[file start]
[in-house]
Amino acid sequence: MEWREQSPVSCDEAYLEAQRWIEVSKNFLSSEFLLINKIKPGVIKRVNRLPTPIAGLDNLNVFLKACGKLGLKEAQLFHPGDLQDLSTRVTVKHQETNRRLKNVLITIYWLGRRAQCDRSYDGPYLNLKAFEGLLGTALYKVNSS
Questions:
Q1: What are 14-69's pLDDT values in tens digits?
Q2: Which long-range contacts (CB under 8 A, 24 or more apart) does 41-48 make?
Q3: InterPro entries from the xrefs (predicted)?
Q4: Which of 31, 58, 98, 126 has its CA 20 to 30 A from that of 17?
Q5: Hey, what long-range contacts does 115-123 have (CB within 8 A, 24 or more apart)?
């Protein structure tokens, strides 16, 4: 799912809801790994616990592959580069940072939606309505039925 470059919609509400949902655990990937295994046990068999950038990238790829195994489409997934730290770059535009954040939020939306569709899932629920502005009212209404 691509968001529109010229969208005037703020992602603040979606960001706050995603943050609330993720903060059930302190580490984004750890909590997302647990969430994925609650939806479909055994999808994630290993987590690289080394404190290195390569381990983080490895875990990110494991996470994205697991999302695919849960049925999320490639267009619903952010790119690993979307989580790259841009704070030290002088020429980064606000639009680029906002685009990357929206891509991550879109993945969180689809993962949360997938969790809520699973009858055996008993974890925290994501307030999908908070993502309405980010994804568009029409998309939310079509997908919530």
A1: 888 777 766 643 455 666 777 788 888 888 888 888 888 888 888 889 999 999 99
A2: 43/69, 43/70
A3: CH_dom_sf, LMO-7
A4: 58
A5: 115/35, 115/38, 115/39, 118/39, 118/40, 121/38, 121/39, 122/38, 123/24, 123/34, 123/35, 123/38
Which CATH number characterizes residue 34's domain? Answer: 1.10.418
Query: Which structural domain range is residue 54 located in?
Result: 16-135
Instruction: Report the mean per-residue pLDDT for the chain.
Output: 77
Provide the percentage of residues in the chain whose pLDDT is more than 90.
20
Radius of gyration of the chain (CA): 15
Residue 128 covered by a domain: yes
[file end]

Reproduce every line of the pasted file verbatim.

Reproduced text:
[in-house]
Amino acid sequence: MEWREQSPVSCDEAYLEAQRWIEVSKNFLSSEFLLINKIKPGVIKRVNRLPTPIAGLDNLNVFLKACGKLGLKEAQLFHPGDLQDLSTRVTVKHQETNRRLKNVLITIYWLGRRAQCDRSYDGPYLNLKAFEGLLGTALYKVNSS
Questions:
Q1: What are 14-69's pLDDT values in tens digits?
Q2: Which long-range contacts (CB under 8 A, 24 or more apart) does 41-48 make?
Q3: InterPro entries from the xrefs (predicted)?
Q4: Which of 31, 58, 98, 126 has its CA 20 to 30 A from that of 17?
Q5: Hey, what long-range contacts does 115-123 have (CB within 8 A, 24 or more apart)?
């Protein structure tokens, strides 16, 4: 799912809801790994616990592959580069940072939606309505039925 470059919609509400949902655990990937295994046990068999950038990238790829195994489409997934730290770059535009954040939020939306569709899932629920502005009212209404 691509968001529109010229969208005037703020992602603040979606960001706050995603943050609330993720903060059930302190580490984004750890909590997302647990969430994925609650939806479909055994999808994630290993987590690289080394404190290195390569381990983080490895875990990110494991996470994205697991999302695919849960049925999320490639267009619903952010790119690993979307989580790259841009704070030290002088020429980064606000639009680029906002685009990357929206891509991550879109993945969180689809993962949360997938969790809520699973009858055996008993974890925290994501307030999908908070993502309405980010994804568009029409998309939310079509997908919530």
A1: 888 777 766 643 455 666 777 788 888 888 888 888 888 888 888 889 999 999 99
A2: 43/69, 43/70
A3: CH_dom_sf, LMO-7
A4: 58
A5: 115/35, 115/38, 115/39, 118/39, 118/40, 121/38, 121/39, 122/38, 123/24, 123/34, 123/35, 123/38
Which CATH number characterizes residue 34's domain? Answer: 1.10.418
Query: Which structural domain range is residue 54 located in?
Result: 16-135
Instruction: Report the mean per-residue pLDDT for the chain.
Output: 77
Provide the percentage of residues in the chain whose pLDDT is more than 90.
20
Radius of gyration of the chain (CA): 15
Residue 128 covered by a domain: yes